Students finding their direction June 23, 2012Posted by mareserinitatis in education, engineering, geology, geophysics, physics, research, teaching.
Tags: engineering, geophysics, majors, math, physics, students
The younger son’s birthday was this week, and we opted to host a pool party at a local hotel. (IMO, pool parties are the best for the elementary school age group: they keep themselves busy and then go home exhausted.) I was checking in when I noticed a young man standing at the other end of the counter. He looked familiar, so I asked if I knew him.
“I took your class last fall.”
“Oh great! How did the rest of the school year go for you?”
“Great. I actually switched to business and am really liking it.”
“Really? Why did you switch?”
“I just figured I liked business a lot better.”
“That’s why they have you take those early major classes – so that you find out you don’t like it before you get too far into it.”
I think the poor kid thought I would be mad that he had switched. But I wasn’t mad at all. If he feels like he’d be better off in a different major, then he ought to go for it. And that is part of what I’m trying to set out in the class – this is what engineers do. If it doesn’t look fun, then you ought to think about a different major. That’s a perfectly valid choice, and no one should judge a student for it.
(Yeah, I know…I sit here and wring my hands because older son gets these obnoxiously high scores in math and science but wants to be a writer…I’m one to talk.)
But seriously, I actually think it’s sort of silly to make students choose a major really early on in school. I think it’s a good idea to try to take a lot of classes in different fields before you really choose. I say this as someone who major hopped a lot during undergrad. I spent some time in physics, chemistry, journalism, and graphic arts. I finally decided that I liked physics after all, but what got me excited was geophysics. I happened to take a geology class when I was at Caltech because I had to take a lab course, and everyone told me geology was the easiest. Turns out, I really liked it and did very well in the course. (Of course, later on, I found that geology feels too qualitative and prefer geophysics, so it all worked out. On the other hand, I think I would’ve liked geology better if it had all been field courses.) :-)
I have run into people who got upset with me for this type of thing. I was doing research with a professor in undergrad, but I felt like the research wasn’t going well and got sort of excited about a math project that I’d seen a professor give a talk about. I talked to that professor to see if he’d be interested in having me as a student, which he was. When I told the other professor that I was going to work with the math professor, all hell broke loose. (I still think I made the right choice, though, especially since the first project really never did go anywhere.) I have yet to figure out why the first professor got upset, though, and did some petty stuff, like kicking me out of the student office (despite no one needing a spot) and having the secretary take away my mailbox. (This was silly, BTW, as I was president of the Society of Physics Students, so she ended up giving it back to me a month later so I could get SPS mail.)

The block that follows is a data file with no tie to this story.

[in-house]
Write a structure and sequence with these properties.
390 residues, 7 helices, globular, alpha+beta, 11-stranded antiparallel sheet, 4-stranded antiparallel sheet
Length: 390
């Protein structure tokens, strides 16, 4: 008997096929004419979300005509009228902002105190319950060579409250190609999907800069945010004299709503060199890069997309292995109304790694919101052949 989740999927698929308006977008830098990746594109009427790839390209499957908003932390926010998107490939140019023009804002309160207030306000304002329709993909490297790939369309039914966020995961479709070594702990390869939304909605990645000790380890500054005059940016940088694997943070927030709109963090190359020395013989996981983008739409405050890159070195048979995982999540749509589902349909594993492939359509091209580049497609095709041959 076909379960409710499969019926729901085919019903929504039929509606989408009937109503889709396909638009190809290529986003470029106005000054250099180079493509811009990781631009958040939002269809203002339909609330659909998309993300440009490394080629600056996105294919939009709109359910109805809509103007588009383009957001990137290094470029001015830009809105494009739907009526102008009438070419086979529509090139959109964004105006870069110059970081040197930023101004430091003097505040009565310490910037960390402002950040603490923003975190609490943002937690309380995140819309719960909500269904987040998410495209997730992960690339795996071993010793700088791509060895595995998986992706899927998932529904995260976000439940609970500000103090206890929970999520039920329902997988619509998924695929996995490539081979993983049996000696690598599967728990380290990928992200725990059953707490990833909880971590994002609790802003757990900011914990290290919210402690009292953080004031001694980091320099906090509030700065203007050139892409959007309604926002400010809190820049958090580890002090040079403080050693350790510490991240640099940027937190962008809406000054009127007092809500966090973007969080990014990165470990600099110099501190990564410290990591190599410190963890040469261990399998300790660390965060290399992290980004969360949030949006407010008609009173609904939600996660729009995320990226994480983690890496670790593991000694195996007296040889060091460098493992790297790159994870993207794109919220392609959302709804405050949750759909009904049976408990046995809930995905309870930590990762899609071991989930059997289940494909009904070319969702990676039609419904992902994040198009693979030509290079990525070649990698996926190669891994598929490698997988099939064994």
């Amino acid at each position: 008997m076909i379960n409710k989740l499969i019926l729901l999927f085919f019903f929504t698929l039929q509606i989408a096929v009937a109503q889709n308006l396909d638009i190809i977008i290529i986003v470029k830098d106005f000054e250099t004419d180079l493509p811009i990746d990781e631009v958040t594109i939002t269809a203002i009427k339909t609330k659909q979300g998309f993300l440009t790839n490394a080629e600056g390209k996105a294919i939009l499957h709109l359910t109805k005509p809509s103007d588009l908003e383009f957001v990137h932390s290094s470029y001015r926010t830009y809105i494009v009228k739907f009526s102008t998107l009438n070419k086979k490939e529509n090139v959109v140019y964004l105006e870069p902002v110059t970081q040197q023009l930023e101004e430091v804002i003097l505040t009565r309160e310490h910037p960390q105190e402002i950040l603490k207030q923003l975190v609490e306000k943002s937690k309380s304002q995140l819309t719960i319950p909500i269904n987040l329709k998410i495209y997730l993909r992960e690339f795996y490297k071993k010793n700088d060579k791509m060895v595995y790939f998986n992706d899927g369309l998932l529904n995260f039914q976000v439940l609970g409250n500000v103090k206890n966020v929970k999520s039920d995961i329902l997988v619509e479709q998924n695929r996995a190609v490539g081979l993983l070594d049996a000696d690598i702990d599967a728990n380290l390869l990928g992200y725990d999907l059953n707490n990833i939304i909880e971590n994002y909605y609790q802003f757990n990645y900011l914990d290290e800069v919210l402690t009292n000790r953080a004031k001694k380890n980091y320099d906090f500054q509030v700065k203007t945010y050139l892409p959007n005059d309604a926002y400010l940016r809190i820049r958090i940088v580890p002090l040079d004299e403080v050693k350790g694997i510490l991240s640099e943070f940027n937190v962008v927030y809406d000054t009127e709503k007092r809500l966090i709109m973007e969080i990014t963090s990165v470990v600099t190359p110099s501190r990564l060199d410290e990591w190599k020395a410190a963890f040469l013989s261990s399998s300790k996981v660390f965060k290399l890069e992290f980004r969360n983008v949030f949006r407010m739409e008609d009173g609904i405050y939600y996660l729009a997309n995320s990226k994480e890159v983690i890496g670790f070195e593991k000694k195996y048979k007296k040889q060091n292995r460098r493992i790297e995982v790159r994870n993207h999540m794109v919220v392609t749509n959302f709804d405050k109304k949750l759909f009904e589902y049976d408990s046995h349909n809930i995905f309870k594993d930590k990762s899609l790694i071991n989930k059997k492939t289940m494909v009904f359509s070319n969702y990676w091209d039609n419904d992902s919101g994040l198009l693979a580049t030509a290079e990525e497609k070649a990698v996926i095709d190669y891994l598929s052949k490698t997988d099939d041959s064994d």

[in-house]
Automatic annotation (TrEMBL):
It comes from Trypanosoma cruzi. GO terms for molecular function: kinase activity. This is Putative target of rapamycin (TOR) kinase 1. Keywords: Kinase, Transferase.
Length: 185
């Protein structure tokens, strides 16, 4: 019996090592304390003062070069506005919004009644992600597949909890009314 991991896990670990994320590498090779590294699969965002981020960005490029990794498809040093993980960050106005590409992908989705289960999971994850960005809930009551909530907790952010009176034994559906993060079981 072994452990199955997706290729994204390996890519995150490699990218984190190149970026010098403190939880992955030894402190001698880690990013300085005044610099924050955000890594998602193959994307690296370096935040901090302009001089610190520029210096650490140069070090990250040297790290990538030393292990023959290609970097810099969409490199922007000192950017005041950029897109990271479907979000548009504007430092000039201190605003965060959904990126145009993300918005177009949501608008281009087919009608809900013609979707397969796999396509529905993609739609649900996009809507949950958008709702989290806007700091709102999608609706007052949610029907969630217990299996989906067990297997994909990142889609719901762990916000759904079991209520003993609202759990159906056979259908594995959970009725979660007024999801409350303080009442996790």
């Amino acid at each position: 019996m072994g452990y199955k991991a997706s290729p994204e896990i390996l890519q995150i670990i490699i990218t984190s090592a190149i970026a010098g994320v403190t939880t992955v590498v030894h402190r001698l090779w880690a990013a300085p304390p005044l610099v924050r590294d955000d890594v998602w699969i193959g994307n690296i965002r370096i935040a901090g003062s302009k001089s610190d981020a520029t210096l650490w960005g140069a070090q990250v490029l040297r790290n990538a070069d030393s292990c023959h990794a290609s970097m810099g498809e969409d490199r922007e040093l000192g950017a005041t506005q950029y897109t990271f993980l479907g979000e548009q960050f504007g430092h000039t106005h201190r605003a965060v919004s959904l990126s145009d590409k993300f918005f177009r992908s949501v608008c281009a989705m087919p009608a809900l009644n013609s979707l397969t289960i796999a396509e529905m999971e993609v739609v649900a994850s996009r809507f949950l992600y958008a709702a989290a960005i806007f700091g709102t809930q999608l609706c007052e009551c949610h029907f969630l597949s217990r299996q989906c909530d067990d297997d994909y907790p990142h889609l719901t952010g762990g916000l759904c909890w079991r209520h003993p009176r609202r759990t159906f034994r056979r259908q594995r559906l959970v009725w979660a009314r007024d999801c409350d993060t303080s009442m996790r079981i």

And what did this do? Certainly reinforced that I didn’t want to work with this person, but I could also see it making a student feel like this person is representative of a particular field. Wouldn’t you wonder if a student would not want to go into a major because of the way the professors treat him or her? I can (and did!), and it just shows how ridiculous the whole thing was.
No, students need some time to explore their interests and getting mad at them for not doing what you think they should do is silly. They are the ones who have to deal with the consequences of their choices, and if a student takes my class and decides they don’t want to spend the next five to ten years of their life studying engineering, then I think they’ve learned something very important and just as valid as anything else I have to teach them.